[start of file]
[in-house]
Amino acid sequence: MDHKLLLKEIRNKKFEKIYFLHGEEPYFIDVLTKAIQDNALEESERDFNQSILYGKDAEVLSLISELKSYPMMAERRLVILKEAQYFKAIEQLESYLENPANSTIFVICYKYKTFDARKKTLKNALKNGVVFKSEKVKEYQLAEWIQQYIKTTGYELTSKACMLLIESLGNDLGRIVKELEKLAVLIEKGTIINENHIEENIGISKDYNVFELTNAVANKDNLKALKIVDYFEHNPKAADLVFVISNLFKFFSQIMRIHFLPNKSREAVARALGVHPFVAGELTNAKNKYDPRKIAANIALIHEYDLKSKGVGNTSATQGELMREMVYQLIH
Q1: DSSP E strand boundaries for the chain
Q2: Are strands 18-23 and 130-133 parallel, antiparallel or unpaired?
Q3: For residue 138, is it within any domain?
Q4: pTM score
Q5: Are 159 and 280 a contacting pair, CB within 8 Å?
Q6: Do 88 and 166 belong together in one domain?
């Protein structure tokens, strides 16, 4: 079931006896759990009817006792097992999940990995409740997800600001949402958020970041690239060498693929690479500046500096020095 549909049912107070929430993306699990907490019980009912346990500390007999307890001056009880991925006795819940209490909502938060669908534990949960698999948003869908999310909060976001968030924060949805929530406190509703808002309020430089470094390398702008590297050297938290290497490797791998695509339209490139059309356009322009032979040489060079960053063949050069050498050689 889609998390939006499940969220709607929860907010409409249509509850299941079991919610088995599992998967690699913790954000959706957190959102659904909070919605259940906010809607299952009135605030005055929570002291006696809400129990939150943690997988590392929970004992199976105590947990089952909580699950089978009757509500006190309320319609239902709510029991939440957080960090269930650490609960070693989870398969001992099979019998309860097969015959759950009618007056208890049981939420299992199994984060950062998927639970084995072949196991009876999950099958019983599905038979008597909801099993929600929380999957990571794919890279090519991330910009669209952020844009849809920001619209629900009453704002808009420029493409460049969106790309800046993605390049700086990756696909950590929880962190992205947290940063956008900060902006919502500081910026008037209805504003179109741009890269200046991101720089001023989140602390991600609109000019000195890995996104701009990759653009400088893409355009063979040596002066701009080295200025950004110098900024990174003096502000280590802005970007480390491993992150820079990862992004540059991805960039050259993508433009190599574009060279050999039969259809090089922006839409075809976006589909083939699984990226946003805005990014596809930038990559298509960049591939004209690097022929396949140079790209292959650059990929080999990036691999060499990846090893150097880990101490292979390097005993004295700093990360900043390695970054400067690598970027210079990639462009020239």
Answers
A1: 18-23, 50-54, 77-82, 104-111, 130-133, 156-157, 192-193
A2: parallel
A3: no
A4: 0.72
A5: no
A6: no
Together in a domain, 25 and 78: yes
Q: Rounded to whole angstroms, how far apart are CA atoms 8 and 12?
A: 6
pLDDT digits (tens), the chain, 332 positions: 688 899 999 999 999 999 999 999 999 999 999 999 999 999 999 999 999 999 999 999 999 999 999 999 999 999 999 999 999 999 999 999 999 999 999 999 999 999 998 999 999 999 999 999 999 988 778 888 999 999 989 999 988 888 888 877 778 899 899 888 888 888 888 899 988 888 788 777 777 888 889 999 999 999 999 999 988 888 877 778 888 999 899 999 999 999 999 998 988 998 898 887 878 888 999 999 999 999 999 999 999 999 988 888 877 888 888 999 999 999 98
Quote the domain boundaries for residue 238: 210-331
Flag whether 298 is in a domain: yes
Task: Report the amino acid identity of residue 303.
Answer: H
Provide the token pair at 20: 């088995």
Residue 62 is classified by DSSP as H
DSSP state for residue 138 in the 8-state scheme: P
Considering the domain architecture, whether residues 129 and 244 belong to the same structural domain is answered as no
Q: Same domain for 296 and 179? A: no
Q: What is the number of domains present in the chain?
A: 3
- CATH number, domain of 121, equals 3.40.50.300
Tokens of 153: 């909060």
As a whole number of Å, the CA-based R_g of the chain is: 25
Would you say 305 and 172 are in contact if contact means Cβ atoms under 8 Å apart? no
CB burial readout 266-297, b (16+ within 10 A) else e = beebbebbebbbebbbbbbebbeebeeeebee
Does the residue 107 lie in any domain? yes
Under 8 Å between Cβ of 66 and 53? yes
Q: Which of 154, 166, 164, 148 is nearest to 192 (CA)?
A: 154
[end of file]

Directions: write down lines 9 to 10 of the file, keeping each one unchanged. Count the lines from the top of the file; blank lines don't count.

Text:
């Protein structure tokens, strides 16, 4: 079931006896759990009817006792097992999940990995409740997800600001949402958020970041690239060498693929690479500046500096020095 549909049912107070929430993306699990907490019980009912346990500390007999307890001056009880991925006795819940209490909502938060669908534990949960698999948003869908999310909060976001968030924060949805929530406190509703808002309020430089470094390398702008590297050297938290290497490797791998695509339209490139059309356009322009032979040489060079960053063949050069050498050689 889609998390939006499940969220709607929860907010409409249509509850299941079991919610088995599992998967690699913790954000959706957190959102659904909070919605259940906010809607299952009135605030005055929570002291006696809400129990939150943690997988590392929970004992199976105590947990089952909580699950089978009757509500006190309320319609239902709510029991939440957080960090269930650490609960070693989870398969001992099979019998309860097969015959759950009618007056208890049981939420299992199994984060950062998927639970084995072949196991009876999950099958019983599905038979008597909801099993929600929380999957990571794919890279090519991330910009669209952020844009849809920001619209629900009453704002808009420029493409460049969106790309800046993605390049700086990756696909950590929880962190992205947290940063956008900060902006919502500081910026008037209805504003179109741009890269200046991101720089001023989140602390991600609109000019000195890995996104701009990759653009400088893409355009063979040596002066701009080295200025950004110098900024990174003096502000280590802005970007480390491993992150820079990862992004540059991805960039050259993508433009190599574009060279050999039969259809090089922006839409075809976006589909083939699984990226946003805005990014596809930038990559298509960049591939004209690097022929396949140079790209292959650059990929080999990036691999060499990846090893150097880990101490292979390097005993004295700093990360900043390695970054400067690598970027210079990639462009020239």
Answers